Here There and Everywhere

Expat wanderer

Sharks and Underwear

Two things happened yesterday that caught my attention – and I wonder if everyone knows about these things except for me, or if others are also caught by surprise.

First, on the way to go shopping, my good friend told me that shark is no longer available in the fish souks. We don’t eat a lot of shark, but we often buy it to fill in a good bouillabaisse (if you are superstitious and believe there must be seven different fish in your bouillabaisse) or to cook up to feed the feral cats in the neighborhood. Even the heads make a big hit with the local cats. 🙂

“No, a recent religious decision says that shark is ‘haram’, ” she said, as I gaped in disbelief. “Their skin has no scales.”

“But the Kuwaitis eat shrimp!” I responded, “and shrimp are also haram according to some Muslims. Who is going to tell Kuwaitis not to eat shrimp?”

“I don’t make the rules,” she responded. “I am just letting you know. The fishman said that because sharks have no scales and something about the male sexual organ, I don’t know, but now they can’t sell shark anymore.”

She paused, thoughtfully.

“What will the poor people do?” she asked. “Most of the people who buy shark can’t afford anything better.”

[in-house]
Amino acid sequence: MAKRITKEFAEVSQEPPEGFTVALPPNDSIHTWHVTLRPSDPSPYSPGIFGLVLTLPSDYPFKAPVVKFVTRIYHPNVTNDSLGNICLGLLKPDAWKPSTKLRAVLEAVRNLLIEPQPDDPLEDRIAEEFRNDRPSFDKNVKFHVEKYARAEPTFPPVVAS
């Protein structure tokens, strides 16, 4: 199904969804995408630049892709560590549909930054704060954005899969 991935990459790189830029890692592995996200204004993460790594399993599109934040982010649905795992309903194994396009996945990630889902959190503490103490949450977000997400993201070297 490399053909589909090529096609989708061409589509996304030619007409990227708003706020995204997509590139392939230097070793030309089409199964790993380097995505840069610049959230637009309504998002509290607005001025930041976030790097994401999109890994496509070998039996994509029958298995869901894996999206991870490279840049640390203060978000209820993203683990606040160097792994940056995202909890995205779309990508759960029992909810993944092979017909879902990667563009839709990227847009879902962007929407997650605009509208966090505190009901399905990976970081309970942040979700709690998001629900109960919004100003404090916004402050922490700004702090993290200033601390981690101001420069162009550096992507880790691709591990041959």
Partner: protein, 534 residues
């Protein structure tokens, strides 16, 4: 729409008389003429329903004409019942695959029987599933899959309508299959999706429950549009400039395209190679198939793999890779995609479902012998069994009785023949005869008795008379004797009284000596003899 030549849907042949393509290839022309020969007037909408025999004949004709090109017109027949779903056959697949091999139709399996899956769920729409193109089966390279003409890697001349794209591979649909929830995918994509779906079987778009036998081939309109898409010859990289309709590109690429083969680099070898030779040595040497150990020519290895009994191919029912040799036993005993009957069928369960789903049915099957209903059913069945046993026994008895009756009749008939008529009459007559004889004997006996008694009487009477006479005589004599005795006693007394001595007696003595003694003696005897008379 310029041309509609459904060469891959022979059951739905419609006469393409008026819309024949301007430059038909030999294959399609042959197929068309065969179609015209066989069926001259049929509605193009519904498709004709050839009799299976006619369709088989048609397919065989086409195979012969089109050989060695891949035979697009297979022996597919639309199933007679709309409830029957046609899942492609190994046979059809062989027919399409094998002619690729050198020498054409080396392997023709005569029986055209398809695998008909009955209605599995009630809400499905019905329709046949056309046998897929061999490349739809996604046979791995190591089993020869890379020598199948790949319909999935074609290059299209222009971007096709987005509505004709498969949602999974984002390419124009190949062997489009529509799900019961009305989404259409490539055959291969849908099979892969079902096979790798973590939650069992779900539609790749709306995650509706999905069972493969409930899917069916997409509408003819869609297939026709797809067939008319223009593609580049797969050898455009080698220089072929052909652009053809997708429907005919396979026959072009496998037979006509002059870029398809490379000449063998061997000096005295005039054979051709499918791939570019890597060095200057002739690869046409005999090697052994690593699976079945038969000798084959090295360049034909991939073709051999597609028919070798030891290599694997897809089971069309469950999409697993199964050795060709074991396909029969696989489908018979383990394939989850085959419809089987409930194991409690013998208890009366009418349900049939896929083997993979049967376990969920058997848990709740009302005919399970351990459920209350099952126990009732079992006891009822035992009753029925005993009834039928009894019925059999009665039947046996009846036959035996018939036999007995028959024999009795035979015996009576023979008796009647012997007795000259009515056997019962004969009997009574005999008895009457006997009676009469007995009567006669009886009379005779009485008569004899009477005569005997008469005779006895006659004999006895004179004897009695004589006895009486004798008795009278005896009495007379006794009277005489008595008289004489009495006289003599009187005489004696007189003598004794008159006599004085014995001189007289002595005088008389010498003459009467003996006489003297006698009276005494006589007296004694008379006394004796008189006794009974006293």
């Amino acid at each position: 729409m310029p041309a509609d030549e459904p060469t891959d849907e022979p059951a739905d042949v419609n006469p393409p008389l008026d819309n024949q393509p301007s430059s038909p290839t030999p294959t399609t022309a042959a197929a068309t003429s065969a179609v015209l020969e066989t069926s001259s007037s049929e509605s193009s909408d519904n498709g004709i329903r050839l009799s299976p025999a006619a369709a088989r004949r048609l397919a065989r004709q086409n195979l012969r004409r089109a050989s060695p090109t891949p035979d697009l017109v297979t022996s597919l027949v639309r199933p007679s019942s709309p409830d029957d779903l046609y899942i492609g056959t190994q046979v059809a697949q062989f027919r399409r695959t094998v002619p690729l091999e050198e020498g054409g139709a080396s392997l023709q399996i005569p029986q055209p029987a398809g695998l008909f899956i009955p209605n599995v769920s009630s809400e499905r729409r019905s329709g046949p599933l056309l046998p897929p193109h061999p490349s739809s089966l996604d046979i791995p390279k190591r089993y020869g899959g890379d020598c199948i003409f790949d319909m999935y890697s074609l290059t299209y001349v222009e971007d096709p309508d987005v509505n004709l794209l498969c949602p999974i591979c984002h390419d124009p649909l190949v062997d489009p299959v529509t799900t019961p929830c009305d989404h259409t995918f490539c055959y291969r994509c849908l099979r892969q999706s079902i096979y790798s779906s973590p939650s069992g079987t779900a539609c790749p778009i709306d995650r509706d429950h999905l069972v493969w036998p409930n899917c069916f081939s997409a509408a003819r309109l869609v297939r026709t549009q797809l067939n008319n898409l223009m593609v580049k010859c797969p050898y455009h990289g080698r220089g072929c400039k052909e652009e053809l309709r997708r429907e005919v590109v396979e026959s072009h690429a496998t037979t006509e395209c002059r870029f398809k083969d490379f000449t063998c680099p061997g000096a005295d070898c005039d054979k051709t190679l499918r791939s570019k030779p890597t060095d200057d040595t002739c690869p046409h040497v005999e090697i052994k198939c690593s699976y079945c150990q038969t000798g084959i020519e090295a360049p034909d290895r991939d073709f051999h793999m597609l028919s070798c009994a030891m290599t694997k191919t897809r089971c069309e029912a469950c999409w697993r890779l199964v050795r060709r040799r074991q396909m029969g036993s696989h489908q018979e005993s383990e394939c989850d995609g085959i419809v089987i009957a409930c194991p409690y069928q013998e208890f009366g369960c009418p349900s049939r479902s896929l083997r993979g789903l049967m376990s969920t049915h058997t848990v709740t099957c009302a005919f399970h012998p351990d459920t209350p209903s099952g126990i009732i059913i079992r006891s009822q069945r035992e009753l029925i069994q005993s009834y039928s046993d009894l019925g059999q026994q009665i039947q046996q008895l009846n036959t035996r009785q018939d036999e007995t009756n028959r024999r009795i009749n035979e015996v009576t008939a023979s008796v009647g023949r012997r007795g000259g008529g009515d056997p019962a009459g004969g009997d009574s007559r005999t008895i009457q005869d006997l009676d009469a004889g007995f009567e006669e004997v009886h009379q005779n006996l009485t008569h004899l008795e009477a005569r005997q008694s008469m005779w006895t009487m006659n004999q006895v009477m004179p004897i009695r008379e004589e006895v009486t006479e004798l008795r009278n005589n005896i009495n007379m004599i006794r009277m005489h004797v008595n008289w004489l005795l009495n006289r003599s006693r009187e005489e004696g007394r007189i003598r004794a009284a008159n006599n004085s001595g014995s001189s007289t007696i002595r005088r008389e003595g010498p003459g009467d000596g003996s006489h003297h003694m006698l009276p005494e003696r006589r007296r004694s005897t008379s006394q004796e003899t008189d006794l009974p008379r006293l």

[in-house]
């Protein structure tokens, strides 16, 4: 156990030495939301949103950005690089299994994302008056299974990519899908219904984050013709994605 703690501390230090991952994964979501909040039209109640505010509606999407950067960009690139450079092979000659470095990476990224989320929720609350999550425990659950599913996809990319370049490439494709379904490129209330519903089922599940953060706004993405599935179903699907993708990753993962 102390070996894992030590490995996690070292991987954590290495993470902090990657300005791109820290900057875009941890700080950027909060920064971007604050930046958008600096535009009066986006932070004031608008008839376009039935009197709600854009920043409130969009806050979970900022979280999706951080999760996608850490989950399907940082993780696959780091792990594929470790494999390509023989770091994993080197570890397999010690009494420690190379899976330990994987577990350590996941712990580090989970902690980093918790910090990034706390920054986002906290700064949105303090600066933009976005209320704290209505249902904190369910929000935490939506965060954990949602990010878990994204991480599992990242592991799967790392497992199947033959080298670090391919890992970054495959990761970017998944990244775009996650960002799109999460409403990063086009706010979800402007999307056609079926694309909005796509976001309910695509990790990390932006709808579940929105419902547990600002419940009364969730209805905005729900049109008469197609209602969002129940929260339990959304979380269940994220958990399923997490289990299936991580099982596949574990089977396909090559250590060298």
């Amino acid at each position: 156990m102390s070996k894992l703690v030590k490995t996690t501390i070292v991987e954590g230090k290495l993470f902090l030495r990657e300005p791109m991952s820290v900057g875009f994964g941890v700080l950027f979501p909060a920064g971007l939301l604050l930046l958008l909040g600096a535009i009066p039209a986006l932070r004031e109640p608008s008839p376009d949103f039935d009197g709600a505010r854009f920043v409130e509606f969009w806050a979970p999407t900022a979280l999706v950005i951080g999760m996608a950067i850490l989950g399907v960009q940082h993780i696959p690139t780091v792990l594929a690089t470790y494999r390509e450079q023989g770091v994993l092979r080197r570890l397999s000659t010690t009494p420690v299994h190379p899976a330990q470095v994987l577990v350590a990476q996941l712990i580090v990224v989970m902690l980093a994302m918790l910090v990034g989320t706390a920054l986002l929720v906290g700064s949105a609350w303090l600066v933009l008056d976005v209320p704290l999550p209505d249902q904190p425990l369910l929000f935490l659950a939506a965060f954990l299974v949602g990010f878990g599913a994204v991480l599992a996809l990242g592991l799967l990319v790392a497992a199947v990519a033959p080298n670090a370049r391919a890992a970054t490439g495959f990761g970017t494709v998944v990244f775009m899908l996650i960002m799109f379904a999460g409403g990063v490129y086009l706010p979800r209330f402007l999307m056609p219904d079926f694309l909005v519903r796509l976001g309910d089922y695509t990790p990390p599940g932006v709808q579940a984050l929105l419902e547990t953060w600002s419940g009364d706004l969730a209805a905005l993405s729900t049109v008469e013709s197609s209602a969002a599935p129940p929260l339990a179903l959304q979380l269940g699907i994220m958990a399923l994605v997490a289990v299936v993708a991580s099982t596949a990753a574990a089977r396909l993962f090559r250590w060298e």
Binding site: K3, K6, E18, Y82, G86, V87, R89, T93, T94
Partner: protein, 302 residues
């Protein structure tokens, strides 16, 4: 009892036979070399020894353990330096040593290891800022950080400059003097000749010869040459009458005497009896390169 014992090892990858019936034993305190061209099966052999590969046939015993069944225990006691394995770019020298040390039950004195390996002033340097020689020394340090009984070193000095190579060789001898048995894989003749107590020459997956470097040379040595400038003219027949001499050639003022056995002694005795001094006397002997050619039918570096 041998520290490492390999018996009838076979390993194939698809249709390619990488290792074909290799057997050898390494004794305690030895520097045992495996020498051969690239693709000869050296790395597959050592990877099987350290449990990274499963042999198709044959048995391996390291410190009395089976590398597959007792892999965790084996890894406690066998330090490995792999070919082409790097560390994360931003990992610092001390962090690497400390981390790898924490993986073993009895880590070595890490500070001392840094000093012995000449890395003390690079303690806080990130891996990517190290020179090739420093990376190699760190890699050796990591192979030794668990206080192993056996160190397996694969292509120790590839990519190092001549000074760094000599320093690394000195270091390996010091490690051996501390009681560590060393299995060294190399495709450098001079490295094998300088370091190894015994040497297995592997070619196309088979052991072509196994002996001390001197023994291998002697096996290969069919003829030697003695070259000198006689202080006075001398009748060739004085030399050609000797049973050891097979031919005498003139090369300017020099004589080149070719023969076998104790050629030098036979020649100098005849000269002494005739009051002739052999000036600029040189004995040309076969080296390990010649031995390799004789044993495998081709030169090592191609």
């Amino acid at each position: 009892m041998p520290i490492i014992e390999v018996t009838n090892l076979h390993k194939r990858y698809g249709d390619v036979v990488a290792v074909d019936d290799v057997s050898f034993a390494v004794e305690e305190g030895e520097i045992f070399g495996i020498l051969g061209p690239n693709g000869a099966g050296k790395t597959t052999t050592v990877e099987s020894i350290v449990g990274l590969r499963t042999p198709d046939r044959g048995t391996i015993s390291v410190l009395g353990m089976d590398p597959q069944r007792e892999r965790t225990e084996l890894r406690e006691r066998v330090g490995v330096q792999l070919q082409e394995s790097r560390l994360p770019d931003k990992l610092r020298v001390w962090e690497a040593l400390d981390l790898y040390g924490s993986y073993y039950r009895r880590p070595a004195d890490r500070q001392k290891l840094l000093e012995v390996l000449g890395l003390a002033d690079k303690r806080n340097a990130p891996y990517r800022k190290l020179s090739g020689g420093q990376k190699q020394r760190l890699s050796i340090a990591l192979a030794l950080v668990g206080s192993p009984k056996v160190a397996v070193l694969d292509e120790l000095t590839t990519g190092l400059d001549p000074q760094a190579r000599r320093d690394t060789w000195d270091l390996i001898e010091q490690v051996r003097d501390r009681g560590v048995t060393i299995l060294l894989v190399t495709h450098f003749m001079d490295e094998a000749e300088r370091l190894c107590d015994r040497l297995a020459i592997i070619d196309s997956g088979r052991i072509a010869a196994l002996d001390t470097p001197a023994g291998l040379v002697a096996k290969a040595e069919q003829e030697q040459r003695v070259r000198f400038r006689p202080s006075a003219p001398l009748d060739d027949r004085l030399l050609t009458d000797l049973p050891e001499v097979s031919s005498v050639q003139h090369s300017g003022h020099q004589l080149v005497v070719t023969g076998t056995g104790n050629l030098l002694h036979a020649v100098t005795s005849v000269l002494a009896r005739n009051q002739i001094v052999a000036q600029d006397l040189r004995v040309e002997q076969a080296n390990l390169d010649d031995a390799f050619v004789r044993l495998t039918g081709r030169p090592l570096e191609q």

Later, our marketing accomplished, our goods safely in cupboards and refrigerators, I read the news. This is from yesterday’s Kuwait Times:

Shops Banned from Displaying Lingerie

Kuwait: The Minister of Commerce and Trade and Minister of State for National Assembly Affairs Ahmad Baqer last week issued decision No. 430/2008 which bans any display of women’s underwear in shop windows or at the front of shops.

It is permissible, however, to display such garments inside outlets.

The decision also banned any unclothed display of mannequins used for modeling underwear in order to protect the moral well being of passersby, with legal penalties to be taken against shops which violate the new regulations.

I’m sorry if this offends you, but it just made me laugh. Even Saudi Arabia, the most traditional of the traditional, allows underwear to be displayed. Even Qatar, more conservative than Kuwait, allows underwear to be displayed. Some of my very favorite images are those of abaya’d, veiled, ladies looking at a particularly luscious set of fabulous under-garments.

Changes are occurring in Kuwait, small changes, incremental changes, and little by little, as they aggregate, the face of Kuwait is changing.

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September 2, 2008 Posted by | Bureaucracy, Character, Community, Cross Cultural, ExPat Life, Family Issues, Kuwait, Living Conditions, Shopping, Social Issues | 23 Comments

Brutal Ramadan

Yesterday was the first day of Ramadan. As I headed out early to the markets, it was a breeze. It was hot, but not too bad. Schools are later during Ramadan, so the roads were clear. It wasn’t too bad, not until around 10 a.m. when I started getting thirsty and reached for a bottle of water, which, fortunately, was not there, or I might have taken a swig without a second thought, just out of habit.